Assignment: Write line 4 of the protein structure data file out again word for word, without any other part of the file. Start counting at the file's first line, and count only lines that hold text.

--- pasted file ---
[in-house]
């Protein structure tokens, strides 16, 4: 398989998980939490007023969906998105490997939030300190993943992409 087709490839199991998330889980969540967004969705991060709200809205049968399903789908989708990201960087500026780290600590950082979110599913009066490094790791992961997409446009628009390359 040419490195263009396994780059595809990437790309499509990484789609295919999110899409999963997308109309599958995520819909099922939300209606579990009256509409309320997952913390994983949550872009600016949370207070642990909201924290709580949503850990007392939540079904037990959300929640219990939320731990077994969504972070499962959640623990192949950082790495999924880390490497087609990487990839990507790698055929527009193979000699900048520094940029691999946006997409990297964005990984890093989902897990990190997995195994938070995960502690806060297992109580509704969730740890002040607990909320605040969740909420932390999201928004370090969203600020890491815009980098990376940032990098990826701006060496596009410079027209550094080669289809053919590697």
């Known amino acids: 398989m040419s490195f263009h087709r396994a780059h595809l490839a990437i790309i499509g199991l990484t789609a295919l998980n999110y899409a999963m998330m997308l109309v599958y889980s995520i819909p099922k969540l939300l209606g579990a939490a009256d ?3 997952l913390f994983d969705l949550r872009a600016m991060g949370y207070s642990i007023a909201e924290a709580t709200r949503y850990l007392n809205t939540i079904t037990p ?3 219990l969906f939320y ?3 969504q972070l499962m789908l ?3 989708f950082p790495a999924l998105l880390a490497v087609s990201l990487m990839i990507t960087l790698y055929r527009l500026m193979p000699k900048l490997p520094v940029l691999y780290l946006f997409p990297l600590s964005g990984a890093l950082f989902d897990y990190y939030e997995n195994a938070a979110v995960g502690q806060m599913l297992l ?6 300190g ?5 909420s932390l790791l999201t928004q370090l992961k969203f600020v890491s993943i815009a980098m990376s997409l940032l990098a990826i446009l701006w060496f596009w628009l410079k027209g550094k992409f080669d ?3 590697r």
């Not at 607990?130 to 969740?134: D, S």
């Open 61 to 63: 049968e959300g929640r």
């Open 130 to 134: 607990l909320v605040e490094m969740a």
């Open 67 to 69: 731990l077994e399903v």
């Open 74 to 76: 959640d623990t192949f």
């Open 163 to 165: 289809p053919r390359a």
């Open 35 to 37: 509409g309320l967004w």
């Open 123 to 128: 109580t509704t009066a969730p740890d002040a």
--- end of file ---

């Not at 607990?130 to 969740?134: D, S």